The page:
Tuesday, August 16, 2011

The Number One Pregnancy Question...

Probably the number one question I get when people find out we've been trying to get pregnant is:
 "How do you handle your job when you can't have a baby?" 

 I have watched hundreds of girls walk through the door at my Crisis Pregnancy center who want to abort their babies, talk about how much they hate their babies, wishing their babies didn't exist. When people make the connection that my whole job is basically me counseling and catering to women who did not want to get pregnant I can tell that what they are wanting to say is, "You have a stable home and would be a great mom, yet these girls who weren't even trying and aren't responsible get a baby? How is that fair?" When I first heard someone approach this topic in a round-about way, I was totally taken off guard because I had never felt like that in the counseling room. I am so engulfed in their own story that I forget about mine.

Most people assume that I look at my clients and resent them for wasting such a precious gift. While I definitely think about all they are taking for granted, I don't feel resentment, I feel sorrow. My heart breaks for these girls who are overwhelmed by the mess of their lives and the hurt caused by the people that "love" them. They are so close to drowning they can't even fathom how they could save someone else, and the truth is I don't even blame them for being self-preservationists, because I'm sure I would go into panic mode, too.

As a matter of fact, I feel sorry for them. I know, I know, this seems so ironic. They are getting the one thing I want more than almost anything in life, the one gift I have been praying to receive for so many months now. But the truth is, it's hard to want to receive the gift of a baby in their circumstances. It doesn't feel like a blessing when you know that you are pregnant because you were raped, or that it will get you beaten up by your mother, or that it will make your boyfriend, who is the only male support in your life, leave you for another woman. It doesn't feel like a blessing when you get kicked out of your house at 15 for the baby growing in your stomach, or when no one in your school talks to you but only talks about you, or when you have been on so many substances you are sure that you have messed up that child forever from your choices. And it definitely doesn't feel like a blessing when every self-righteous religious person in the world looks down on you just because you have to wear your sin on the outside while their hidden sin is eating away at their souls.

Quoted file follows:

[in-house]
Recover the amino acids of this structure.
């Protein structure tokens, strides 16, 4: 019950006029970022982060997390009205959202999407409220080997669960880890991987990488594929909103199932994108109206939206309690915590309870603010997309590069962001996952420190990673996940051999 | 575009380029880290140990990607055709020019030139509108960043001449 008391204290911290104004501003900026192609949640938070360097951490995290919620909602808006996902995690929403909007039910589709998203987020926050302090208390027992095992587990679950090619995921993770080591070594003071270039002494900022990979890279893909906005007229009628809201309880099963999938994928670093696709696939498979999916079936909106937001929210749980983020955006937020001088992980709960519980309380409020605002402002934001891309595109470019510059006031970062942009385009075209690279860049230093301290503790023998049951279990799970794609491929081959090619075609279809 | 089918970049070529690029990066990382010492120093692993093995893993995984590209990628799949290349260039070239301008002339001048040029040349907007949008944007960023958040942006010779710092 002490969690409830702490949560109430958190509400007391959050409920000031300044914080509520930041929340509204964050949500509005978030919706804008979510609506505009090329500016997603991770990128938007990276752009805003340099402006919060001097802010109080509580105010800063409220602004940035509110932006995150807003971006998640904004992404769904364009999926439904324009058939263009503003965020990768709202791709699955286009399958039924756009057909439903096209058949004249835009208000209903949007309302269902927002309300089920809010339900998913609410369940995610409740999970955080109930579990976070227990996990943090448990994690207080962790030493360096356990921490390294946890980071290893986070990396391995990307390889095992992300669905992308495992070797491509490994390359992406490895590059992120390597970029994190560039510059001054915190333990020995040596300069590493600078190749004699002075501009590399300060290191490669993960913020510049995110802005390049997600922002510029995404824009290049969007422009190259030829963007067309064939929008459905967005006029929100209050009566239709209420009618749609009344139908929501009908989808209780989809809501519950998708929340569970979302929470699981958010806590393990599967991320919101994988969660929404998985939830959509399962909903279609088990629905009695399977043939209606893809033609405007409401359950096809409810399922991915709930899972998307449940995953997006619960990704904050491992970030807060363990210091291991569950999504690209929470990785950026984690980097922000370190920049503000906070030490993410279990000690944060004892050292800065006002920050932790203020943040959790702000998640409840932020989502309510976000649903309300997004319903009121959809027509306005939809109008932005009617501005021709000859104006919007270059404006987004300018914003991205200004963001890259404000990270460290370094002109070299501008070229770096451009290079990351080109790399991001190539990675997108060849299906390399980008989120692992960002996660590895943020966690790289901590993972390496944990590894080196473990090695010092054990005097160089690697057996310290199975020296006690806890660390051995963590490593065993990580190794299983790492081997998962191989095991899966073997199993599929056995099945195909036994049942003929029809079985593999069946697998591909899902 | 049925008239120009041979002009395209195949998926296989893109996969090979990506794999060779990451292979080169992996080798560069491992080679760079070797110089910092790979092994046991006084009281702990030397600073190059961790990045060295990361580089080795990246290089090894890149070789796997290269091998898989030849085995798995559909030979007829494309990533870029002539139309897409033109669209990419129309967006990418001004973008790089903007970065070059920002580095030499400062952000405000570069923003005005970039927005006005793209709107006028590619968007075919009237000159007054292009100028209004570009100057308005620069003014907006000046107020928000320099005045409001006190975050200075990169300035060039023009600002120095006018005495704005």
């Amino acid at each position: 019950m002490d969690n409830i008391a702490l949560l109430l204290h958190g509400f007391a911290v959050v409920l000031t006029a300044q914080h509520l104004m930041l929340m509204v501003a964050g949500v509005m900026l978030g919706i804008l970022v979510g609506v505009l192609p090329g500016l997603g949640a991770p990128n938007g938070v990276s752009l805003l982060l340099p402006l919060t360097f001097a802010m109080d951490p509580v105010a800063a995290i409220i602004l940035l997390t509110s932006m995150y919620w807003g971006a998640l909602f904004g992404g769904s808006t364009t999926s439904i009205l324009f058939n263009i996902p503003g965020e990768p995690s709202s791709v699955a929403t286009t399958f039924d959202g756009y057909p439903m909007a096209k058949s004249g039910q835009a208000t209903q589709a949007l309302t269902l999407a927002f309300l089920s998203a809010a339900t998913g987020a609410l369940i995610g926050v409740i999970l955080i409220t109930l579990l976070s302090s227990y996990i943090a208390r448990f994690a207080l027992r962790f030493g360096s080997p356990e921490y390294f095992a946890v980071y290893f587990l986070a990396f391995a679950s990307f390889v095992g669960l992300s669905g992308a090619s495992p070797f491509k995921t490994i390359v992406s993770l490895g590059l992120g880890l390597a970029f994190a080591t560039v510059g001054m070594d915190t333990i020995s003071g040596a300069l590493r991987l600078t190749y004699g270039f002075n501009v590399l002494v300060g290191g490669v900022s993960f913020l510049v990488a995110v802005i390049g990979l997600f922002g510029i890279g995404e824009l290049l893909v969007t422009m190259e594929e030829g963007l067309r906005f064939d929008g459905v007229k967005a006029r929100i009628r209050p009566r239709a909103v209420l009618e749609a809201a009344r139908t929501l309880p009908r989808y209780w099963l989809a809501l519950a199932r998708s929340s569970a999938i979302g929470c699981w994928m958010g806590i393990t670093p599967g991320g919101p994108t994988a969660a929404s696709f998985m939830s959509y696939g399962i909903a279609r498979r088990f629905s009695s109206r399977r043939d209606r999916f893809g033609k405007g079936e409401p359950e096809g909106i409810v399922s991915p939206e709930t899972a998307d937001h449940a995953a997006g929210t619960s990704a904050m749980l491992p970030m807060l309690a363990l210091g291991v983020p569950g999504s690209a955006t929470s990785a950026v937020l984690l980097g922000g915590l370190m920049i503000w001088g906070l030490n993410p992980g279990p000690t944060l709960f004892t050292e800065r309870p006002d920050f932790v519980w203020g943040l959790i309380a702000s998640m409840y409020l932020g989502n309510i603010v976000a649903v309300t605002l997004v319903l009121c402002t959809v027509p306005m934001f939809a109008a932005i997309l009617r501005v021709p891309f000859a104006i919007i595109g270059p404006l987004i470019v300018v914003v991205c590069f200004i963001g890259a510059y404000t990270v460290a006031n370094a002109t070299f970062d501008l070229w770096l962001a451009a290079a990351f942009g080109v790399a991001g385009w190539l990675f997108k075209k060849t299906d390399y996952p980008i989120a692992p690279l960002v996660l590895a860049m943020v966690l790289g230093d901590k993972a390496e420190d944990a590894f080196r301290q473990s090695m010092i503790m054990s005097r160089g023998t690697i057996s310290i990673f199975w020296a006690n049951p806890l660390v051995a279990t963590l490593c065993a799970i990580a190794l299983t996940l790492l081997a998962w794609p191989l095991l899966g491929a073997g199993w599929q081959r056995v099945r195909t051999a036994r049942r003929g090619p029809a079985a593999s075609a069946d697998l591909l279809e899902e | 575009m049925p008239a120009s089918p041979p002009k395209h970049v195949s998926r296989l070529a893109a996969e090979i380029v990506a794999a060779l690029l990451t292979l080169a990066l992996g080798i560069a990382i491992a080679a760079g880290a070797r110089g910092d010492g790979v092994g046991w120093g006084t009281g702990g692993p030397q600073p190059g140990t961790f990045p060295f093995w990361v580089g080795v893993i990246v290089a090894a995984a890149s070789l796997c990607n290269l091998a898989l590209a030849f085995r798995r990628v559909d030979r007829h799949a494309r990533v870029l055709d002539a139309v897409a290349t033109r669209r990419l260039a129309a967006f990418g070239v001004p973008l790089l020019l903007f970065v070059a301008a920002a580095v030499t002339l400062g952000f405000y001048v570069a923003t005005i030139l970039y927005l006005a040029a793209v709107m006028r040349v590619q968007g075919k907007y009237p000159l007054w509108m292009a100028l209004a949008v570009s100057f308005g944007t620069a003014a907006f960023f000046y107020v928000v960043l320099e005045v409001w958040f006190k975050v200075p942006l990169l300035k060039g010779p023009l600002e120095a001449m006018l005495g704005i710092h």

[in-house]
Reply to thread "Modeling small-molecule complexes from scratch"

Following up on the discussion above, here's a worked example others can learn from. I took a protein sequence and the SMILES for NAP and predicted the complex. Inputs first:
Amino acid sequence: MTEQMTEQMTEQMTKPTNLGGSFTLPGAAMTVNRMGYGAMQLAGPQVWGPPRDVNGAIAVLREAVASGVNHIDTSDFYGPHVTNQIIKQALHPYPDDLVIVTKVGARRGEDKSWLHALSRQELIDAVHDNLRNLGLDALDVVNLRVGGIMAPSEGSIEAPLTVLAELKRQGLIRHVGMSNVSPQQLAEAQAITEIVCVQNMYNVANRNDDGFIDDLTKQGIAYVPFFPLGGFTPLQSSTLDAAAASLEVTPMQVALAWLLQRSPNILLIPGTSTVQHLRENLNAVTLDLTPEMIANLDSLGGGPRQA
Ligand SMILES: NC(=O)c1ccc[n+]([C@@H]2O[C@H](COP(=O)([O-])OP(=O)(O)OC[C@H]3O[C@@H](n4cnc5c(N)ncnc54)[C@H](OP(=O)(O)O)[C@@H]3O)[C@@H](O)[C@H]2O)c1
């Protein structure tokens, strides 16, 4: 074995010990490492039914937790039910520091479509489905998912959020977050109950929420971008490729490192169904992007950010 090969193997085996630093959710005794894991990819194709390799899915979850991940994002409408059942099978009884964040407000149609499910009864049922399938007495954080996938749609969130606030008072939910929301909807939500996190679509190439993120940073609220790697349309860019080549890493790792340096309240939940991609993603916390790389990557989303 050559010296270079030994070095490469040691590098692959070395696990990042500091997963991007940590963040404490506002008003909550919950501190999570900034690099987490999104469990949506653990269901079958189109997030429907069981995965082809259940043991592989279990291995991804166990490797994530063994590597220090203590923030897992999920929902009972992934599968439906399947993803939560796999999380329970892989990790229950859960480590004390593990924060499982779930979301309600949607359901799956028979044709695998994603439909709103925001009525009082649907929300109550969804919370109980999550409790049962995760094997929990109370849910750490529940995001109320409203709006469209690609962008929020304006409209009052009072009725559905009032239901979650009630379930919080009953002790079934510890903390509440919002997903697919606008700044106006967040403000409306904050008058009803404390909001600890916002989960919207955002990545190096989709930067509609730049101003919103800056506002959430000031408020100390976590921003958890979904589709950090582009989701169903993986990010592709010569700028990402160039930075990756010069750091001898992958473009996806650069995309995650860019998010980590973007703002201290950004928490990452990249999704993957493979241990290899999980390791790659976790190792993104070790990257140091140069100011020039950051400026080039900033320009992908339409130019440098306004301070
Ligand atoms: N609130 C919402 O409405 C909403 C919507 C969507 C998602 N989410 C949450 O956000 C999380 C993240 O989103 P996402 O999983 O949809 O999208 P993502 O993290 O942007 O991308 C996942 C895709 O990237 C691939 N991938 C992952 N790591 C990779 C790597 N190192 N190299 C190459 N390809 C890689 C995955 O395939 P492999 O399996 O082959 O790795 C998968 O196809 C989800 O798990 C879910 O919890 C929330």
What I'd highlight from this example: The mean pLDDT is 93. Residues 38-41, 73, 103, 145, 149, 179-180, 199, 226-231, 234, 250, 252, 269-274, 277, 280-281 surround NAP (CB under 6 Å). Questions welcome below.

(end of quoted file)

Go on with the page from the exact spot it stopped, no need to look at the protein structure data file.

So this is my job, to show these women...
-That no matter their decision, they are loved. 
-That God has a plan for good and not for harm. 
-That it may not seem true this very instance, but that little heart beat is the rhythm of hope and a future; the rhythm of a fresh start and a reason to succeed.
-And finally, that if they decide to stop that heart from beating, that they can seek healing through Jesus Christ.

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